The Patent Act includes provisions permitting the use of inventions by the Government of Canada or the government of a province.
Prior to 1994, section 19 of the Patent Act provided:
The Government of Canada may, at any time, use any patented invention, paying to the patentee such sum as the Commissioner reports to be a reasonable compensation for the use thereof.
Section 19 has since been amended to no longer give the Government of Canada an automatic right to use a patented invention and to extend the opportunity to seek authorization to provincial governments. Subsection 19(1) currently reads:
Subject to section 19.1, the Commissioner may, on application by the Government of Canada or the government of a province, authorize the use of a patented invention by that government.
Subsections 19.1(1) and (2) read as follows:
(1) The Commissioner may not authorize the use of a patented invention under section 19 unless the applicant establishes that
(a) it has made efforts to obtain from the patentee on reasonable commercial terms and conditions the authority to use the patented invention; and
(b) its efforts have not been successful within a reasonable period.
(2) Subsection (1) does not apply in cases of national emergency or extreme urgency or where the use for which the authorization is sought is a public non-commercial use.
On November 3, 2014, Children’s Hospital of Eastern Ontario (“CHEO”) filed a statement of claim challenging the validity of various isolated nucleic acid claims and testing method claims in a series of patents relating to Long QT gene mutations: Children’s Hospital of Eastern Ontario v. Transgenomic Inc., Federal Court File No. T-2249-14. In its Amended Statement of Claim, CHEO states that its tests have not been approved by Ontario’s Ministry of Health and Long-Term Care due to the patents.
In additional to seeking a declaration of invalidity under subsection 60(1), CHEO also seeks a declaration under subsection 19.1(2) that its proposed tests to diagnose and/or assess the risk of Long QT syndromes constitute a “public non-commercial use”. While the public non-commercial use declaration might be relied upon by the Ontario government (or the federal or other provincial governments), interestingly no Canadian government is a party to the action.
One reason why the Canadian federal or a provincial government is not a party may be a 1982 decision by Mr. Justice Cattanach, namely Honeywell Inc. v. Litton Systems Canada Inc. (1982), 67 C.P.R. (2d) 129 (Fed. T.D.), affirmed (1983), 71 C.P.R. (2d) 284 (Fed. C.A.). In Honeywell, the patents at issue related to a Ring Laser Gyros. The patentee alleged that the defendant infringed its rights by manufacturing and selling the Ring Laser Gyros to the United State Navy for use in missile inertial guidance systems. The Government of Canada was not named as a party to the action.
While s. 18 of the Defence Production Act in relation to royalties was being considered, Justice Cattanach commented that s. 18 of the Defence Production Act was an extension of s. 19 of the Patent Act and that the contemplated procedures before the Commissioner of Patents are parallel. At paragraph 30, he stated:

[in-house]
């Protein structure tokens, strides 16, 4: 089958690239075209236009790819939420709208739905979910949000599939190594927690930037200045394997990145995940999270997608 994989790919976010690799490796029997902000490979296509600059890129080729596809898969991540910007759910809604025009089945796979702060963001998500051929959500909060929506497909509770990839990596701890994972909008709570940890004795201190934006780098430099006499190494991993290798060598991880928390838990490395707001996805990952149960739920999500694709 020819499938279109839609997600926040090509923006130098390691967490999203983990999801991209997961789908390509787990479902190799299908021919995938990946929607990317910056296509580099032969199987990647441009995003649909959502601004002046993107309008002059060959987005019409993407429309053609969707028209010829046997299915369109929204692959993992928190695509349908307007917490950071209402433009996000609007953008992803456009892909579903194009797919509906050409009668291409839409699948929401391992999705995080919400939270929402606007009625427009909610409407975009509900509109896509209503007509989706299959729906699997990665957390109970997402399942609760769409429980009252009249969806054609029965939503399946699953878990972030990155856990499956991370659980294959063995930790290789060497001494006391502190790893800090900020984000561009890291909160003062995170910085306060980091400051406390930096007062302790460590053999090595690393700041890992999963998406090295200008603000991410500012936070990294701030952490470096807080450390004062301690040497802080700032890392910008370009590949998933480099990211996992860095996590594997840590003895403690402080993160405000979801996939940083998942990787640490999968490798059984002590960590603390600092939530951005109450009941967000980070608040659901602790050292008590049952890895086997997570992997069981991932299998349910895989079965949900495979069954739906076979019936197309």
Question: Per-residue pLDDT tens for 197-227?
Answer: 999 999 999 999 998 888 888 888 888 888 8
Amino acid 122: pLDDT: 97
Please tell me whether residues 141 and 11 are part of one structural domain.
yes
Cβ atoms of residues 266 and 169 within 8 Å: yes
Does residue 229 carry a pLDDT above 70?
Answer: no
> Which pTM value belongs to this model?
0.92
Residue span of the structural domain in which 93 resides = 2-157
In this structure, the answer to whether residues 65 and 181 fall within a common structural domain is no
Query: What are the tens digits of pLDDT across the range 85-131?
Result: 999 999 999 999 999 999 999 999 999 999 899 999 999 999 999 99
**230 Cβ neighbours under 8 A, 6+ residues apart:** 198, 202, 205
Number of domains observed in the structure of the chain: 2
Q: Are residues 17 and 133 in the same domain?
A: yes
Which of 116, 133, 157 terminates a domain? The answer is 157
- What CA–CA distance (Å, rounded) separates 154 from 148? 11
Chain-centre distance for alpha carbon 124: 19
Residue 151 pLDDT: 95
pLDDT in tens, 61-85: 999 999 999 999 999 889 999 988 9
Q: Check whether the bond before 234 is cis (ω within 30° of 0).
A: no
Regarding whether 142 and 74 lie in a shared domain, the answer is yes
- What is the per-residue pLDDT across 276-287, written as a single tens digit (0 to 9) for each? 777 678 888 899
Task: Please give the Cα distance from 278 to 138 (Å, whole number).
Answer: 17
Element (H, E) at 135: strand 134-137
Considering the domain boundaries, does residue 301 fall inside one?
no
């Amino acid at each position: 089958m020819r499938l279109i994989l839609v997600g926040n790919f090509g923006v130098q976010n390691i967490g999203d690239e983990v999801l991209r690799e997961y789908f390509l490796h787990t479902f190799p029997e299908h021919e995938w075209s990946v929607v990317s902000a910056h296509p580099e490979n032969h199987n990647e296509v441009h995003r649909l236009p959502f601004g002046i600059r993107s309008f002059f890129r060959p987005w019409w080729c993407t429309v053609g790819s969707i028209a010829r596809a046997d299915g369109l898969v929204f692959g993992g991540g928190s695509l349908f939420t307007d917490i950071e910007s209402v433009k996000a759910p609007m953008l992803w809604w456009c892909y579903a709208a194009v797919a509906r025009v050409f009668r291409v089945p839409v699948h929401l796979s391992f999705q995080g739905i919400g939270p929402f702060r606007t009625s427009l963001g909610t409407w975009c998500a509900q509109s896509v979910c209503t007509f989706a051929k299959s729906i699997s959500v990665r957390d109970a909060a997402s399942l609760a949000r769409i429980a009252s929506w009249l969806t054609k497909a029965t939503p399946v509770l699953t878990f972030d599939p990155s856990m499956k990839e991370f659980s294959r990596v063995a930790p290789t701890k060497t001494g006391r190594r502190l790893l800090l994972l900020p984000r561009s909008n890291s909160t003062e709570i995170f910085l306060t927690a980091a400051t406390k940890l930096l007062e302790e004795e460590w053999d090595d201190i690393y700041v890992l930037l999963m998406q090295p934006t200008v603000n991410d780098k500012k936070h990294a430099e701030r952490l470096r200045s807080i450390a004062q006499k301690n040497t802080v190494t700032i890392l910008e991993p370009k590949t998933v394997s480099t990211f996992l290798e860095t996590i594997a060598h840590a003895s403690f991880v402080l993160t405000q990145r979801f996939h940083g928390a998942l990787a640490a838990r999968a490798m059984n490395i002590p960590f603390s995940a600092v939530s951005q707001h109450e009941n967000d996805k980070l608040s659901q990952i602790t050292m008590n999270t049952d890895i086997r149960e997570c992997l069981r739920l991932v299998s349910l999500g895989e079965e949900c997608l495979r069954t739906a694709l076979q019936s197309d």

The procedure under s. 19 of the Patent Act was outlined by Maclean P. in The King v. Bradley (1941), 1 C.P.R. at p. 3, at p. 4  4 D.L.R. at p. 51,  Ex. C.R. 1 at pp. 4-5, to the effect that the Crown as condition precedent to the disposition of the matter by the commissioner must admit the validity and infringement of the patent. If those two matters are denied by the Crown then the remedy is to litigate the matter before the Federal Court. The practice is incorporated in the Patent Rules.
He continued at paragraph 41:
I cannot refrain from expressing the view that Her Majesty may well be an essential party to the action. She may or may not admit validity of the patent sued upon and its use which are conditions precedent to payment of reasonable compensations and if denied must be determined.
Although CHEO cannot obtain an authorization pursuant to section 19 of the Patent Act to use its proposed tests, by seeking a public non-commercial use declaration it is attempting to make it easier for the Ontario government to obtain such authorization should the patents be held to be valid. And until a decision is rendered, the Ontario government seems content to remain on the sidelines.
Disputes with owners of so-called “gene patents” are not a first for the province of Ontario. In 2001, Myriad sent cease-and-desist letters to Canadian provinces, including British Columbia and Ontario, regarding patents it owned relating to two gene mutations, BRCA1 and BRCA2, associated with an increased risk of breast and ovarian cancer. While a court battle south of the border made its way up to the Supreme Court of the United States (Association for Molecular Pathology v. Myriad Genetics, 133 S. Ct. 2107 (2013)), a corresponding case involving Myriad’s Canadian patents has not been filed in Canada. Myriad has continued to pay maintenance fees for patents in Canada keeping the possibility of an action open (for example, see here for Canadian Patent No. 2,239,733 titled Chromosome 13-Linked Breast Cancer Susceptibility Gene).
If so-called “gene patents” are found to be valid and enforceable in Canada, it will be interesting to see whether the province of Ontario and other governments will apply to use the patented invention. Given the substantial costs of healthcare, the lure of section 19 may become too difficult to resist. Nevertheless under subsection 19(4), any government authorized to use a patented invention shall pay the patentee “such amount as the Commissioner considers to be adequate remuneration in the circumstance, taking into account the economic value of the authorization”.